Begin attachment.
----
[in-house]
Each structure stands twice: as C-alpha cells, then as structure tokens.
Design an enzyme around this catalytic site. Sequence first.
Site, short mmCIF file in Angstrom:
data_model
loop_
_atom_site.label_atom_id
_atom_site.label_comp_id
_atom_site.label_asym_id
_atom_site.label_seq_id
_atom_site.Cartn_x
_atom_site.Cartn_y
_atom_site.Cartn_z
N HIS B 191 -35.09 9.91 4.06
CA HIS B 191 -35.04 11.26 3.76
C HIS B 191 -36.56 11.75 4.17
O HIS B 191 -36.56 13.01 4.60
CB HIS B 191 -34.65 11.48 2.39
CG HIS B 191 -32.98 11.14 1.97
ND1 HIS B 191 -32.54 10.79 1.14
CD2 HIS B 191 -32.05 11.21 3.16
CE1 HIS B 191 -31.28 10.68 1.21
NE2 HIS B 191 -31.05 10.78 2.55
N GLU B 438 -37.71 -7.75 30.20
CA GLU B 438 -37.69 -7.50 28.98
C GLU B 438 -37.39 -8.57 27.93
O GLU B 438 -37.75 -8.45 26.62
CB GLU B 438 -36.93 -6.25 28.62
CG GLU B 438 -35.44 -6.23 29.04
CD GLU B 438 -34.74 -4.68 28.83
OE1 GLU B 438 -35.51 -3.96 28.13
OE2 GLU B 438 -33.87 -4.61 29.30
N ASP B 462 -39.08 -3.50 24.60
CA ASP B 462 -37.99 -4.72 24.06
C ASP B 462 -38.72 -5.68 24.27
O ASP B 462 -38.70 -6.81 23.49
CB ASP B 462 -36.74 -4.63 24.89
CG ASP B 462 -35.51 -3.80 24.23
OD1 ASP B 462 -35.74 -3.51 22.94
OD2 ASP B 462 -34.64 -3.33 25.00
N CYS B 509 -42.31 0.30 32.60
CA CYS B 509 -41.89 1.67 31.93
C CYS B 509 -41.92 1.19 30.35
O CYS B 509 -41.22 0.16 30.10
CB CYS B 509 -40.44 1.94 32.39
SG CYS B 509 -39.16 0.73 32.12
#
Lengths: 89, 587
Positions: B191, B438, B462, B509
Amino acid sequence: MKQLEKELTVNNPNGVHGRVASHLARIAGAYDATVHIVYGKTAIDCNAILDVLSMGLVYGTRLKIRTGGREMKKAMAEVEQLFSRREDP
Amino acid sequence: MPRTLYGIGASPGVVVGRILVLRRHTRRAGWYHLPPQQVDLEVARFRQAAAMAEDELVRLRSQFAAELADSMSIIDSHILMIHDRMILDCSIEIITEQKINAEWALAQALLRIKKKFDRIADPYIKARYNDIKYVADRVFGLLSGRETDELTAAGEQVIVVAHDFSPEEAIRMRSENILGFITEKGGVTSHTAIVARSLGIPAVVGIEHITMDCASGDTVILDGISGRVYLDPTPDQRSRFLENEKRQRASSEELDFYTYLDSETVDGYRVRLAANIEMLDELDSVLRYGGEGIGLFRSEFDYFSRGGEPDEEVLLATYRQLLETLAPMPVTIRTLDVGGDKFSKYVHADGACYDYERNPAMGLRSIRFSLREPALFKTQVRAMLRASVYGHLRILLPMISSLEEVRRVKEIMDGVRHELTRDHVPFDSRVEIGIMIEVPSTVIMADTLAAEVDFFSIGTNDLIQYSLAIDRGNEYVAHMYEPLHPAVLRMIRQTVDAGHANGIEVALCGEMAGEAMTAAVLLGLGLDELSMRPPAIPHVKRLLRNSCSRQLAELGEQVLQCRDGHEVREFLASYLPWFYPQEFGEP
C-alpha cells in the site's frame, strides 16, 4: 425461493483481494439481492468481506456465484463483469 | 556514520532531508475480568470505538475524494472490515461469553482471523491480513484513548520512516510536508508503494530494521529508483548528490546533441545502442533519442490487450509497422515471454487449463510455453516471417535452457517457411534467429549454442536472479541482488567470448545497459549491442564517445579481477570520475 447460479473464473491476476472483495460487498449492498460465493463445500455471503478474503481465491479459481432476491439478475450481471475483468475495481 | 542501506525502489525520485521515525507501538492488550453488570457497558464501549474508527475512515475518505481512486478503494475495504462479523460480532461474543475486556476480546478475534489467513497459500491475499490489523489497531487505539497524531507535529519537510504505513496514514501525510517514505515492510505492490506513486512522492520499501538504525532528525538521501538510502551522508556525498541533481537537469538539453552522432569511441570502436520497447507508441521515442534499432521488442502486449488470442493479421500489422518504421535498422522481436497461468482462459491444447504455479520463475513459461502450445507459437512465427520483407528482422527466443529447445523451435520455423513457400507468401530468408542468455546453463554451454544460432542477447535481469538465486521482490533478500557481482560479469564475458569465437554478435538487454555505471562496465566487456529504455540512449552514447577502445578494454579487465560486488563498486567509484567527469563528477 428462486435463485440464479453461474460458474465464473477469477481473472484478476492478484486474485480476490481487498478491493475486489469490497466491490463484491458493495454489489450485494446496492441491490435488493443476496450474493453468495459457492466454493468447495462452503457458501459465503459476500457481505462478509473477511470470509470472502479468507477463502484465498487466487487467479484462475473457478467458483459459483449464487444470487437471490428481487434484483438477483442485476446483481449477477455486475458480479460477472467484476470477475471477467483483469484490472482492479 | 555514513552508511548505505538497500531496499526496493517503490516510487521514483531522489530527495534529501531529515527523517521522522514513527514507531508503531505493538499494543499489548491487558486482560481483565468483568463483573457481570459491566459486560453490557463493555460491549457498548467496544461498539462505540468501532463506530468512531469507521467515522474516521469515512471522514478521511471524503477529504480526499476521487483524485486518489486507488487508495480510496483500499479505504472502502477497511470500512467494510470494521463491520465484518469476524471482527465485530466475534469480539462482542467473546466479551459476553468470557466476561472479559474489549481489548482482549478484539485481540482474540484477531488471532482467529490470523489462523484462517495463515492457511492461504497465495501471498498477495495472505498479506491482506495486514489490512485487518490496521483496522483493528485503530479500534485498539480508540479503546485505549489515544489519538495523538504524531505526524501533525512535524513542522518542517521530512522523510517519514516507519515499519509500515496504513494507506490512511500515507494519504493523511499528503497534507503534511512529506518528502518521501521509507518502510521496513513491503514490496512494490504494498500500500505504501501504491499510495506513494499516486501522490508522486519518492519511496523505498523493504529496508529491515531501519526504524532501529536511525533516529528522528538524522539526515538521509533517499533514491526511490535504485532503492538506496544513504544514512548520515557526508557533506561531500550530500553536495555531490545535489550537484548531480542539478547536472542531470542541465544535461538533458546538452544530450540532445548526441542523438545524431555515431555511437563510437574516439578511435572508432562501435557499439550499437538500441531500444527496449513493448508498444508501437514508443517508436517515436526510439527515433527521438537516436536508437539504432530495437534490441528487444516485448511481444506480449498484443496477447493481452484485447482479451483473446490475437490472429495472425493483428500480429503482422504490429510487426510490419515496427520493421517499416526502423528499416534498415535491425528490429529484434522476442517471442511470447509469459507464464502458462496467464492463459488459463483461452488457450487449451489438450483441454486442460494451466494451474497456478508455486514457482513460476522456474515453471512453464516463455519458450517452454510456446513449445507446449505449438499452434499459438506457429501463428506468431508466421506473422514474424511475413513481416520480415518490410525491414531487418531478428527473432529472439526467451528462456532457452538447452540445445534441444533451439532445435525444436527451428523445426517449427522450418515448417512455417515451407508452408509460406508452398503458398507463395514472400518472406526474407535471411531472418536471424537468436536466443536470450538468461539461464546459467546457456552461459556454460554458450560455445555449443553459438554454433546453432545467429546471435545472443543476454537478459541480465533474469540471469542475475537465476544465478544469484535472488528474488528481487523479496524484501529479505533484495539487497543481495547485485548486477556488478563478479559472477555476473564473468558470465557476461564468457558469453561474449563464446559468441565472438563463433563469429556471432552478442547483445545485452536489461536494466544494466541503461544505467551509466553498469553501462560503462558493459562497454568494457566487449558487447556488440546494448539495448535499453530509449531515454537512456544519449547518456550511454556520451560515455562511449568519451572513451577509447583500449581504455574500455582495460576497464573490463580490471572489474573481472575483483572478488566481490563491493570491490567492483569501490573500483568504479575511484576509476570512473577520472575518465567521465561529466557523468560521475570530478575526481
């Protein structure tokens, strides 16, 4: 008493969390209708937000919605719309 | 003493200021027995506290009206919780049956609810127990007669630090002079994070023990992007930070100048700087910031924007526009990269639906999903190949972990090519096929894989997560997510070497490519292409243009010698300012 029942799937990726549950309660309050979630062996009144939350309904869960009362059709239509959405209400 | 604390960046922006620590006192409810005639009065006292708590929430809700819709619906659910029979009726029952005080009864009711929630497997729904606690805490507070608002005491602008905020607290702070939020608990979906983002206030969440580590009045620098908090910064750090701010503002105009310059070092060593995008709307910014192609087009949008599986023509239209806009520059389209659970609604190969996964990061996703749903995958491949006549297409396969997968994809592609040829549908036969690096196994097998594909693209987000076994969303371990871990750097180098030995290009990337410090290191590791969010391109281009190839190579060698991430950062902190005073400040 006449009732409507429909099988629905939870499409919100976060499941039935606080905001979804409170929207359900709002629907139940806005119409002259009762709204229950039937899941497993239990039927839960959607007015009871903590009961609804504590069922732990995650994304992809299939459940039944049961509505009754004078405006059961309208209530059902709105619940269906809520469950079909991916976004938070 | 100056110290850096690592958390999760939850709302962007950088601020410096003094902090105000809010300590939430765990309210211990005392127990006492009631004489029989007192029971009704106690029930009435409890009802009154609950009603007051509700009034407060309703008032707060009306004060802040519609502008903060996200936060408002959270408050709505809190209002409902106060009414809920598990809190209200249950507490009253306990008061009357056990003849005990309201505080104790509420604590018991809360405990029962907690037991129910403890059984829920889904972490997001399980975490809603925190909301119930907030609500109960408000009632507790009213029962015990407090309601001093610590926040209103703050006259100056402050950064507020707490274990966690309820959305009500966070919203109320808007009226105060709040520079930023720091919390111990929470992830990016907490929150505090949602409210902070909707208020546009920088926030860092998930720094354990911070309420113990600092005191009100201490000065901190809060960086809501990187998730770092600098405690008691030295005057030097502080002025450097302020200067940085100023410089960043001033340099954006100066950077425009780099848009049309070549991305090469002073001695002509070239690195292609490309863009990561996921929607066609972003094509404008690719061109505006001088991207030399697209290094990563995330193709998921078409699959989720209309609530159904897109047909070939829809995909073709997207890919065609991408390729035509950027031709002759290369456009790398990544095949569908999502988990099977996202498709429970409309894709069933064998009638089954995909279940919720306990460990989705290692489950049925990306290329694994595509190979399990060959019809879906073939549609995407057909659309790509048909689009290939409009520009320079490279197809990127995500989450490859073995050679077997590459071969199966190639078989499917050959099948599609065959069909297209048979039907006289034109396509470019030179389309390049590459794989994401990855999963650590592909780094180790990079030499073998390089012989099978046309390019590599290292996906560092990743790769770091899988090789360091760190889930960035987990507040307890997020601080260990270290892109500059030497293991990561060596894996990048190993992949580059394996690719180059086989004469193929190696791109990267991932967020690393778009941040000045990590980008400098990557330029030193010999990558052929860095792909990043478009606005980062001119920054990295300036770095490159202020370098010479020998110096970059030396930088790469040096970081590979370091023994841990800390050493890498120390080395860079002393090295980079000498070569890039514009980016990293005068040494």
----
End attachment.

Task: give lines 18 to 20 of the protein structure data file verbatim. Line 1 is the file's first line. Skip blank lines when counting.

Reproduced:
CB HIS B 191 -34.65 11.48 2.39
CG HIS B 191 -32.98 11.14 1.97
ND1 HIS B 191 -32.54 10.79 1.14